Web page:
98 . see Francisco Gutiérrez Sanín. They do not attempt to substantiate their claim that perceived grievances are found more or less equally in all societies.20 necessary way of motivating their forces. 99 Cramer (2002). It is not plausible to suggest that ‘perceived grievances’ are the same in. Cambridge: Cambridge University Press. the range of structural constraints on individualism. Evil Days: Thirty Years of War and Famine in Ethiopia. Resistance. London School of Economics.381-416. C&H fail to prove the validity of their core assumptions.99 Cramer insists that the theoretical assumption of rational choice individualism is entirely unjustified given the complexity of conflict. Christopher Cramer presents a compelling broader critique of rational choice theories of conflict based on neoclassical economics. London: Crisis States Research Centre. Peggy A. A portrait of mercenaries as a general proposition about human nature is not credible. and even less that people in general or at least in sufficient numbers are so driven by greed that they will embrace the horrors of war and the risk of exile. The strength of their theoretical convictions is inversely proportionate to the weakness of their corroborating evidence. North Carolina Journal of International Law and Commercial Regulation. or that the low risk of rebellion in Finland and Australia is due to the infeasibility of rebel predation. 1995. African Studies Series 82. ‘Criminal Rebels? A Discussion of War and Criminality from the Colombian Experience’. torture and death for uncertain financial gain. The core assumptions of the theory are too reductionist. Collier ignores the marginalisation and deprivation that fuelled the Eritrean struggle for independence. which included mass killings. New York: Human Rights Watch. Hoyle. Ruth Iyob. 1991. the EPLF’s preoccupation with uniting nine ethno-linguistic groups and two religions around an Eritrean national identity. The Eritrean Struggle for Independence: Domination. He argues that: rational choice theories of conflict typically lay waste to specificity and contingency. razing the individual (and key groups) down to monolithic maximizing agents. imprisonment. bandits or freedom fighters. of which C&H’s studies are an example. 2003. Crisis States Working Papers.100 Most importantly. and that focuses not just on choices of violence but also on relations of force and their institutionalisation historically. 24:2 (1999). they do not demonstrate that predation is a primary or 97 Collier (2000a). whether as criminals. He proposes instead a political economy approach that analyses social relations and the powerful influence of material conditions on those relations. say. 1941-1993. and the compulsions other than utility maximisation that restrict choice and create a diversity of war rather than a single type. Pool (1998). 100 For a theoretical and empirical critique of Collier’s notion of rebels as criminals. the Front’s programmatic emphasis on facilitating land reform and providing social services to peasants and village people rather than engaging in predation. crude and far-fetched to provide any purchase on reality.97 This is a grossly inaccurate account of the EPLF. that they sack the social and that even in their individualism they violate the complexity of individual motivation. Nor it plausible to claim that human nature. and the harsh repression of the Ethiopian regime. See Alex de Waal. forced removals and other extreme abuses. injury.1846. Finland and Sudan or Australia and Congo. is reducible to or dominated by a single motivation or trait. 27. pp. It is equally unrealistic to imagine that the diverse rebel movements of the past six decades can be captured by a simple characterisation.98 The Eritrean case invoked by Collier to illustrate his theory highlights instead the inadequacy of that theory. Nationalism. in all its manifest complexity. p.12. p. ‘The Eritrean National Identity: A Case Study’.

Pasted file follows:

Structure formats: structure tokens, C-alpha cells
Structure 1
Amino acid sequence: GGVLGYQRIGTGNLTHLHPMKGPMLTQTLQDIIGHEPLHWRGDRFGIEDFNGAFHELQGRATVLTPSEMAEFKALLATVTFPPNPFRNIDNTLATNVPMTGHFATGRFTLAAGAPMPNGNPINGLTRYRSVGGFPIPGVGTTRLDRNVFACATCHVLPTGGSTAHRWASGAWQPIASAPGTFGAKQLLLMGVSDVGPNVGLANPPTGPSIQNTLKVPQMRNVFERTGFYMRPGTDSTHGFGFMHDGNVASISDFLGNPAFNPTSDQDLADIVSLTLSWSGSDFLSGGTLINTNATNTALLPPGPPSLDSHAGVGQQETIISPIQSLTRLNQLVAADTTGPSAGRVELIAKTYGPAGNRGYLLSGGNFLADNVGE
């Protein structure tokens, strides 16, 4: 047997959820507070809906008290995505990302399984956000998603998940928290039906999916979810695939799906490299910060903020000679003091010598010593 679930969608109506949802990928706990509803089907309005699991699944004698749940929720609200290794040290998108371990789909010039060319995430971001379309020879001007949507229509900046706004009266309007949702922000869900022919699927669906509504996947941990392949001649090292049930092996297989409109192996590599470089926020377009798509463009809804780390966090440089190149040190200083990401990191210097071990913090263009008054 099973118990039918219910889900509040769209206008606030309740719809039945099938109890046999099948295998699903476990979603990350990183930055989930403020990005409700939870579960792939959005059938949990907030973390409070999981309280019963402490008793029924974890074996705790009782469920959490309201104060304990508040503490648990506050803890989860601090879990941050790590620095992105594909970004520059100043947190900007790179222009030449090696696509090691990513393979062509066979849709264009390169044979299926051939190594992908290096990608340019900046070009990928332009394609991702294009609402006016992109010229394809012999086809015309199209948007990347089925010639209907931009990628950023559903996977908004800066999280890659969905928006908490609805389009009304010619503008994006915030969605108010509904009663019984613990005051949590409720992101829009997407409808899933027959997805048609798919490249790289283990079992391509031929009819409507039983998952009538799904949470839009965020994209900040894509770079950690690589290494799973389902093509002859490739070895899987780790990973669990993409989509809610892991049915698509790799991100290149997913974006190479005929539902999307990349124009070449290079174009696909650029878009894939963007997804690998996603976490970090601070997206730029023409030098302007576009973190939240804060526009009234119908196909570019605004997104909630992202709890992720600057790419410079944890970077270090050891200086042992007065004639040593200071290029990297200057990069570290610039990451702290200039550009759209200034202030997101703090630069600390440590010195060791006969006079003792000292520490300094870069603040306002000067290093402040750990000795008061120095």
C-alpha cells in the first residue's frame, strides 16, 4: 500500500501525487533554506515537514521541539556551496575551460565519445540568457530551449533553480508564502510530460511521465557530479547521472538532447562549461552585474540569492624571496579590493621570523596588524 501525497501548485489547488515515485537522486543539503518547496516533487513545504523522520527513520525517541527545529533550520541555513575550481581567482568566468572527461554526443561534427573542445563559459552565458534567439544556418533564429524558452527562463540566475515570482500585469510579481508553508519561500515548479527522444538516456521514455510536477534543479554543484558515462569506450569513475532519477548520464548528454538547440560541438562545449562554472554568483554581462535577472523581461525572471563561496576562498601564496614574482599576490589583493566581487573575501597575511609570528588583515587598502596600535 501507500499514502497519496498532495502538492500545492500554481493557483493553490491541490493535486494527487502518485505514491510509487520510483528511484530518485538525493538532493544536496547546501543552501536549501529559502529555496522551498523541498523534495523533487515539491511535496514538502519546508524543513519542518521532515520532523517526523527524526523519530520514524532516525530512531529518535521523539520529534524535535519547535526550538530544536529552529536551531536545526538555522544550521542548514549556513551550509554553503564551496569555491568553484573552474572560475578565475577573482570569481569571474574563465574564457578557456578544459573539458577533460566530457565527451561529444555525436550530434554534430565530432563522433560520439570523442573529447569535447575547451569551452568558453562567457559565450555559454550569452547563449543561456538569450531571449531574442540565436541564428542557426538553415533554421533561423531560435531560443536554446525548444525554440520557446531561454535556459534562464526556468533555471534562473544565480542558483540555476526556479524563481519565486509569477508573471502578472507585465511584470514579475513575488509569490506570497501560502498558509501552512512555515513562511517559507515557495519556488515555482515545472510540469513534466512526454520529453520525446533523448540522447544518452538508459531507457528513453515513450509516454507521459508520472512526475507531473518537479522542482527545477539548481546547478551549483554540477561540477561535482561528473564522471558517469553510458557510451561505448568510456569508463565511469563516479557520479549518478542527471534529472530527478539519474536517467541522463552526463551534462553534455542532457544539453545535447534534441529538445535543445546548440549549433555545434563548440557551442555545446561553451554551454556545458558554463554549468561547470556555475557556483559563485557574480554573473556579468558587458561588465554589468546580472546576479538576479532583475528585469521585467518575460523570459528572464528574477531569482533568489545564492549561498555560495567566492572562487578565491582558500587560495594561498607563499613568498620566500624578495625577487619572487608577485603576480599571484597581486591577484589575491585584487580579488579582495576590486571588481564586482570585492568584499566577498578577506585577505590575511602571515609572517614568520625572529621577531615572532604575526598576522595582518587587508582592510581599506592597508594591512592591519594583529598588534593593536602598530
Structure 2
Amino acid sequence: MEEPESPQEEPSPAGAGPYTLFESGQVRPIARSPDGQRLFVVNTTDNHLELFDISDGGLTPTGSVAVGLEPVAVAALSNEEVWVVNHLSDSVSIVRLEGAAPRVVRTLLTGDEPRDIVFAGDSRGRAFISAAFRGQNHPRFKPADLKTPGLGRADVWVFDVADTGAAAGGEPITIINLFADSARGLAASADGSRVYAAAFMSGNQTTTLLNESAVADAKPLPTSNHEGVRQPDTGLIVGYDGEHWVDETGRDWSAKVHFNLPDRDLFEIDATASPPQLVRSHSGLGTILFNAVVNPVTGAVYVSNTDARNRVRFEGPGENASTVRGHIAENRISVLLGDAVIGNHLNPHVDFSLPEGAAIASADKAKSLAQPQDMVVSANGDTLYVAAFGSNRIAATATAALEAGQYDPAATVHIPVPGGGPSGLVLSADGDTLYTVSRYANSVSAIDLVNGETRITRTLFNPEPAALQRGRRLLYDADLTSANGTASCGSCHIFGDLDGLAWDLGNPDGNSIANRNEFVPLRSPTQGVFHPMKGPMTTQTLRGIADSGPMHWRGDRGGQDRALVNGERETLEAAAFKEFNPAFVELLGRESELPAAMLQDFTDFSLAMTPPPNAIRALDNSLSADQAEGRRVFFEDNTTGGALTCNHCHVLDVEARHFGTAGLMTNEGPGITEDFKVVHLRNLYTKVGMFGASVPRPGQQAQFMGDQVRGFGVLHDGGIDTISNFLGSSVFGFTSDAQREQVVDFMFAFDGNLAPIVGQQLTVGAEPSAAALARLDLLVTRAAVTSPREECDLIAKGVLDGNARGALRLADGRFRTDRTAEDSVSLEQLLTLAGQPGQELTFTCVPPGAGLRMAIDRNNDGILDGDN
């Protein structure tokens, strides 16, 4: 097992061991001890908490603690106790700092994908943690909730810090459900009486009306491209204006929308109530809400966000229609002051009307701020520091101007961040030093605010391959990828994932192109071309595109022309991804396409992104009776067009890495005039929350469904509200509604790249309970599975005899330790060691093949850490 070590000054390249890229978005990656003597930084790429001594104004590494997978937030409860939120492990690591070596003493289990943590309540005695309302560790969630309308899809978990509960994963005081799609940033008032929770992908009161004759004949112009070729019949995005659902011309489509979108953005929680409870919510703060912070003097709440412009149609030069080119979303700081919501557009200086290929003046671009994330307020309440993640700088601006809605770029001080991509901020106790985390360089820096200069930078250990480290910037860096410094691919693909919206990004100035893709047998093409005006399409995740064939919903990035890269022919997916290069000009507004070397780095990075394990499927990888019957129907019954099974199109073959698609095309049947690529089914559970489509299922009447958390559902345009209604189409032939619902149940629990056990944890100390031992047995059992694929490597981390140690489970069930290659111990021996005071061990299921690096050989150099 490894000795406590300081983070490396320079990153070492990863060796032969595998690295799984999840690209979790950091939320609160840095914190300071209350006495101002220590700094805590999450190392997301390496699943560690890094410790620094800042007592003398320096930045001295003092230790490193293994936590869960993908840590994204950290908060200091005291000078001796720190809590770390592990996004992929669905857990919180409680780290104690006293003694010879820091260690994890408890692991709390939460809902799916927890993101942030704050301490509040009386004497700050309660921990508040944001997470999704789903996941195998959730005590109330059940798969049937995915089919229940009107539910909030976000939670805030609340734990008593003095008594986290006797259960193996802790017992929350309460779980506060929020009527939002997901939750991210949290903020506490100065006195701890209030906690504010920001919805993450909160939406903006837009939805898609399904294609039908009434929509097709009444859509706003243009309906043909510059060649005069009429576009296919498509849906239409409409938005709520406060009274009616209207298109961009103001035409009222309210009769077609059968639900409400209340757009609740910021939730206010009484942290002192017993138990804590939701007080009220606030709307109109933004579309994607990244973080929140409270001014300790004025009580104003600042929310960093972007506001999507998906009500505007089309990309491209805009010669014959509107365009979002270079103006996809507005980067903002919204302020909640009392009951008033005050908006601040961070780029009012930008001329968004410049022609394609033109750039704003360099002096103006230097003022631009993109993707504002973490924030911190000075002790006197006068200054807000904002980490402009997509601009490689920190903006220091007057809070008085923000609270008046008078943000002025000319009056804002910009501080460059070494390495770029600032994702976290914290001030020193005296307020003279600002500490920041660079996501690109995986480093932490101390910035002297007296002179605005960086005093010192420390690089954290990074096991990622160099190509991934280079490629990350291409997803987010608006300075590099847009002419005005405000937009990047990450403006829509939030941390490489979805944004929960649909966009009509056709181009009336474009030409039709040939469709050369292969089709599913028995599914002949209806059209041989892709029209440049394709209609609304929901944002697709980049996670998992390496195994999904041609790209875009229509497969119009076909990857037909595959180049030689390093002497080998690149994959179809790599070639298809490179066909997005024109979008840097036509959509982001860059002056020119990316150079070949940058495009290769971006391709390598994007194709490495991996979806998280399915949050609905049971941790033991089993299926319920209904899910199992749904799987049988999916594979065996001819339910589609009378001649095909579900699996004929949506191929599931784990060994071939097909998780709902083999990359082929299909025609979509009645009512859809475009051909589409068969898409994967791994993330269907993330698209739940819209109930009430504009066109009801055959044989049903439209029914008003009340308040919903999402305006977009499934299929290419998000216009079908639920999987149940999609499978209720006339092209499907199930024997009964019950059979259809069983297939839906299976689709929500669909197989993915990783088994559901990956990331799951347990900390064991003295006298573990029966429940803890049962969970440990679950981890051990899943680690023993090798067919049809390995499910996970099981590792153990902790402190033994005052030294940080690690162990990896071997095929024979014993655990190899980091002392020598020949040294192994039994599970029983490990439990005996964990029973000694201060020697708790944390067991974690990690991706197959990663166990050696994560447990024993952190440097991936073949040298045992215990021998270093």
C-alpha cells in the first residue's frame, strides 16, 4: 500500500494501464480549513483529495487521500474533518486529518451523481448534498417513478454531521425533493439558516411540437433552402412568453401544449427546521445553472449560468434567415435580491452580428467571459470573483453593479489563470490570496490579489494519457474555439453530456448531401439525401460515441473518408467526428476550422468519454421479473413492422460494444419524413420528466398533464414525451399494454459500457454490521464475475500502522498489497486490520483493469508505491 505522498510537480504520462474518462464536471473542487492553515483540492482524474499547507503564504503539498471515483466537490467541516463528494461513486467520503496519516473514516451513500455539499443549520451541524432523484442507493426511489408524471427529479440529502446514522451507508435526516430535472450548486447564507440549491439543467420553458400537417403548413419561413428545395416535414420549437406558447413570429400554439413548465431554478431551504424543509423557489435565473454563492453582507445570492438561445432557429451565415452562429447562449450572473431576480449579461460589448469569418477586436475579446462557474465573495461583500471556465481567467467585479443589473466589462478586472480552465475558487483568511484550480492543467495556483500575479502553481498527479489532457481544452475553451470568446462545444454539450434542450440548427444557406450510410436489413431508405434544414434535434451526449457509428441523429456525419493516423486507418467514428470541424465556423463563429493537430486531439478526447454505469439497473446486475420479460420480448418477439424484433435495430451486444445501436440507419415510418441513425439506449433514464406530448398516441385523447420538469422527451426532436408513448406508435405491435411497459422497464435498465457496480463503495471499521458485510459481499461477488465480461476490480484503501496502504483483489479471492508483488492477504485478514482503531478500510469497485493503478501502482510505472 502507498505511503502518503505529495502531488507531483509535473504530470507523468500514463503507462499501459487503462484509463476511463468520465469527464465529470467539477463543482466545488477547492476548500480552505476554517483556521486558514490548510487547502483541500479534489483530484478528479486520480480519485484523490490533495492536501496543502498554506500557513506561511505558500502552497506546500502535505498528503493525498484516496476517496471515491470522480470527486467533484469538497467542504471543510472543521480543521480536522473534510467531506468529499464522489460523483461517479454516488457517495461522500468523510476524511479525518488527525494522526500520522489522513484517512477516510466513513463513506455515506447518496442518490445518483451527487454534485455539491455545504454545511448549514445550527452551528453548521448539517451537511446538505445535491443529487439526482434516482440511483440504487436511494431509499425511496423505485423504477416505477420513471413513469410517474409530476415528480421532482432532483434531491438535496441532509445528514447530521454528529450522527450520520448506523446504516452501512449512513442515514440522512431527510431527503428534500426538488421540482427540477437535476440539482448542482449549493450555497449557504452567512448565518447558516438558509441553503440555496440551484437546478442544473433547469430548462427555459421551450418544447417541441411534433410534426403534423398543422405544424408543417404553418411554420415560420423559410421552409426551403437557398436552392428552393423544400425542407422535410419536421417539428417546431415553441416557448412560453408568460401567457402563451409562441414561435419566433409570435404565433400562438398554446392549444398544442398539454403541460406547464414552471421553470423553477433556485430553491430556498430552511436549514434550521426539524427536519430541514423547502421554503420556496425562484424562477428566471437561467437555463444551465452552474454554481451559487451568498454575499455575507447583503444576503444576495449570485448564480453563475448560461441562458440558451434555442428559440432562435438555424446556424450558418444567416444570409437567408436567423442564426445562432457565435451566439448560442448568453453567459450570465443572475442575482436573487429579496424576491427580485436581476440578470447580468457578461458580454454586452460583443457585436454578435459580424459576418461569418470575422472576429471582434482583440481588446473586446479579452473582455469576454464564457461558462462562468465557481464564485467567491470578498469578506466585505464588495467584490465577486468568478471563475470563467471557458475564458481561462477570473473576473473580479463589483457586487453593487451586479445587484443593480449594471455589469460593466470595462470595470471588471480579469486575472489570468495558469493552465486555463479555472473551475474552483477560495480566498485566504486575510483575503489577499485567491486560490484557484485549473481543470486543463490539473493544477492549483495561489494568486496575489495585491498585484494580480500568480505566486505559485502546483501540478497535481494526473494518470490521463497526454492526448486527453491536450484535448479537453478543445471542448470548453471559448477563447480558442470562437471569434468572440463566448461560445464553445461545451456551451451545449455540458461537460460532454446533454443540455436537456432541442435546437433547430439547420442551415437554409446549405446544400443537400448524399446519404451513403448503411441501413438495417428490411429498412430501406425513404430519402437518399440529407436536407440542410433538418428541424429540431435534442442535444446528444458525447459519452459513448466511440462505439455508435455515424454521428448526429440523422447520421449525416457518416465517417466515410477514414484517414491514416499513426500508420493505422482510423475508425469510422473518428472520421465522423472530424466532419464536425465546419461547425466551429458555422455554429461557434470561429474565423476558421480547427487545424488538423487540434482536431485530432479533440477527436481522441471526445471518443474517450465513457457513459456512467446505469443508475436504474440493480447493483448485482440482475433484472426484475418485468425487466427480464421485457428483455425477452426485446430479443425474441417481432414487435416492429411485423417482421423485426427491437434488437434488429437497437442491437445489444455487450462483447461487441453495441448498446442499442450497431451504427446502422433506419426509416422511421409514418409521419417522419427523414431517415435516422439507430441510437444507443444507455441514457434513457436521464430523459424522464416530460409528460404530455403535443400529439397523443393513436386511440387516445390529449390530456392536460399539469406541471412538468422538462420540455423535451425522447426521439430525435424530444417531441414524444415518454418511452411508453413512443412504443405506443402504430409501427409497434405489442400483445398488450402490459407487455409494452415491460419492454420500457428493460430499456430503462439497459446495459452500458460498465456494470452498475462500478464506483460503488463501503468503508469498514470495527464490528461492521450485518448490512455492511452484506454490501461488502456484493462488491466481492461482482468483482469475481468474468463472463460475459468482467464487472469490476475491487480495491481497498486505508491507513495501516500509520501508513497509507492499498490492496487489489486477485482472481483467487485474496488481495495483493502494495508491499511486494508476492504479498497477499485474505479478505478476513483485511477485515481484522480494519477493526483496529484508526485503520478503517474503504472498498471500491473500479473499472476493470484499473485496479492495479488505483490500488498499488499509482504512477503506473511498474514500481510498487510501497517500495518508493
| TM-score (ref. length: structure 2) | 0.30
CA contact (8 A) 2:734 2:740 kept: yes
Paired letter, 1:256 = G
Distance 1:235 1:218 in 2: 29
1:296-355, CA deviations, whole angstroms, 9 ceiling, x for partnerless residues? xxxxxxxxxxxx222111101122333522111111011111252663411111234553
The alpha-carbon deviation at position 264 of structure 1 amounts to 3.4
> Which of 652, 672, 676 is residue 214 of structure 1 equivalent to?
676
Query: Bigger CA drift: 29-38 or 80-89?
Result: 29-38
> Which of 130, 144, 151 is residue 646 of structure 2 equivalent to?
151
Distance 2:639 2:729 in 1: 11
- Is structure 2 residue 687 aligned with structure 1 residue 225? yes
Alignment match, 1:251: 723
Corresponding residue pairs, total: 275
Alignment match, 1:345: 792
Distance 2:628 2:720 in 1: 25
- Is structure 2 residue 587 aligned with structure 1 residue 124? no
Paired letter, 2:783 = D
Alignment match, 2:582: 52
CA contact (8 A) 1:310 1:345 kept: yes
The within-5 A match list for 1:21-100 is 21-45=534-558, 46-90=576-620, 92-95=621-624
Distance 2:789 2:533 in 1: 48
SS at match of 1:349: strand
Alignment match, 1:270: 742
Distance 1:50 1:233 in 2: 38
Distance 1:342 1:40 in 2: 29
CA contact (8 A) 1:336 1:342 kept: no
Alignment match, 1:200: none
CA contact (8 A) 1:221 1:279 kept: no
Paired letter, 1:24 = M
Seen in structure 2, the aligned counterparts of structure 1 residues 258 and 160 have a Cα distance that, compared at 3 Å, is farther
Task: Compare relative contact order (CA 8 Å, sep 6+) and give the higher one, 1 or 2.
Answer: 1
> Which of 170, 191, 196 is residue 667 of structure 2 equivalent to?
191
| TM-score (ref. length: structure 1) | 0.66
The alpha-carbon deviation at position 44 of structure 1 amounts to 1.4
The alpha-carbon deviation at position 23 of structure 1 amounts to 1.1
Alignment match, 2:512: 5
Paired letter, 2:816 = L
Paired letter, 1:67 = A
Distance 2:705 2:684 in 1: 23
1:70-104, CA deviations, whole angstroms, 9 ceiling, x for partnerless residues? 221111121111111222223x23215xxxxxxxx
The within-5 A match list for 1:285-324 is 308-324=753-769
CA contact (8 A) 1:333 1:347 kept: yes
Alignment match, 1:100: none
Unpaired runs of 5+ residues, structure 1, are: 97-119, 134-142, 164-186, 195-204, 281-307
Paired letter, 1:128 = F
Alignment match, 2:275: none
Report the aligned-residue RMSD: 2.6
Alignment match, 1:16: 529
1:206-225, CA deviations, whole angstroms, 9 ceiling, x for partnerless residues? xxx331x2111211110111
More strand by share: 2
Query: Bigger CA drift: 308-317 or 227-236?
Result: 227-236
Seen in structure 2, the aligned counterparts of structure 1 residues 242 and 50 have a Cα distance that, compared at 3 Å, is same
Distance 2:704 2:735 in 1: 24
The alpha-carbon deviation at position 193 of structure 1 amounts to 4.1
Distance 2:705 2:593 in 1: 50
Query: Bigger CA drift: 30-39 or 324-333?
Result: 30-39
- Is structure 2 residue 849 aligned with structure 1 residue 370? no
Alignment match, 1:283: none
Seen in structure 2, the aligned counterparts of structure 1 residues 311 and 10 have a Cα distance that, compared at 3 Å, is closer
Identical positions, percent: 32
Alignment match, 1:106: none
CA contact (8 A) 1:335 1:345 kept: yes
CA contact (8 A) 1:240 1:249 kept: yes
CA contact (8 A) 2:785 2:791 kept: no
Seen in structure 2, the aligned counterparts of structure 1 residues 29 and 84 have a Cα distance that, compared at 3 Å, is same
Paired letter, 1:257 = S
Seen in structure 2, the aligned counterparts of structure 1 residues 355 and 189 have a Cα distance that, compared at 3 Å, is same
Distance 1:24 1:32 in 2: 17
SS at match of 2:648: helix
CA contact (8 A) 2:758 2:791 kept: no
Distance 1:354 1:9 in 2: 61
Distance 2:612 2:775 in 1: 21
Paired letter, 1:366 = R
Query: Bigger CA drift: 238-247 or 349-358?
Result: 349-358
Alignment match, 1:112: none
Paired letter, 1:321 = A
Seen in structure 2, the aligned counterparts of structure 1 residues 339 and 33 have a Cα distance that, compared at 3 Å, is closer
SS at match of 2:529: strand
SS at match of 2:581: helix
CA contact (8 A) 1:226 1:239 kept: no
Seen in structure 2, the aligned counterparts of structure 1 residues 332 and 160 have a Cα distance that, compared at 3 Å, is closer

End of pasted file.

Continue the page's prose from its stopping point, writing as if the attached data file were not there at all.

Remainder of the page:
Civil war entails organised violence on the part of rebels and government. The different types of cause. • Catalytic events. London School of Economics. Certain structural conditions might put a country at risk of civil war and. their focus lies exclusively at the structural level. Crisis States Working Papers. Beware My Fangs”: Beyond a “Rational Violence” Framework in the Sierra Leonean War’. • Actors’ decisions. political and economic factors.101 they concede that opportunity can account for both greed. They are preceded by a set of significant events that constitute a causal chain or constellation and culminate in large-scale violence between government and opponents. social and economic factors and often have regional and international dimensions. they have little interest in the state and the government. 104 For fascinating studies on rebel armies. Civil wars do not arise suddenly out of thin air. Nevertheless. financial etc. They ignore the dynamic and proximate causes of civil war.21 common cause of rebellion. These reasons might be political.104 This framework is intended to indicate that civil wars have different types of cause and that consideration of several causal categories might provide a more comprehensive understanding than any single category on its own. In some cases the decisions of external actors are also among the significant causes of civil war. Government and rebel soldiers have a range of reasons for joining an army. London: Crisis States Research Centre. 14. make some countries more likely than others to experience civil war.4. which is to say that they ignore history and politics. The framework highlights how narrow C&H’s focus is and how much they miss. The decision by these actors to engage in or refrain from large-scale violence is therefore a key determinant in the incidence of war. who emphasises grievance and structural problems in his account of resource wars. They are very interested in rebels although they do not analyse 101 Klare (2001). • Soldiers’ motives. • Dynamic causes. which are often conflated in research on civil wars. At the levels of actors’ decisions and soldiers’ motives. 103 Collier (2000a). can be summarised as follows: • Structural conditions. 2002. In the causal chain or constellation of events leading to civil war. p. social.588. they offer no evidence of rebel extortion other than a reference to Klare. see David Keen. The relevant structural issues include political. p. and they conclude that “our evidence does not therefore imply that rebels are necessarily criminals”. In summary. there is sometimes a dramatic event that sparks rebellion and is thus an important proximate cause of war. C&H (2004). it is worth highlighting how narrow their analytical and empirical focus is.103 in reality these wars have both a range of causes and a range of different types of cause.and grievance-led rebellions. because C&H seek to determine the causes of civil war and consider a large number of social.102 The missing links No single study or model can be expected to capture all aspects of a complex phenomenon like civil war. ideological. and Gutierrez (2003) on Colombia. from a comparative perspective. Whereas Collier asserts that civil wars are “caused by the feasibility of predation”. 102 . ‘“Since I Am a Dog.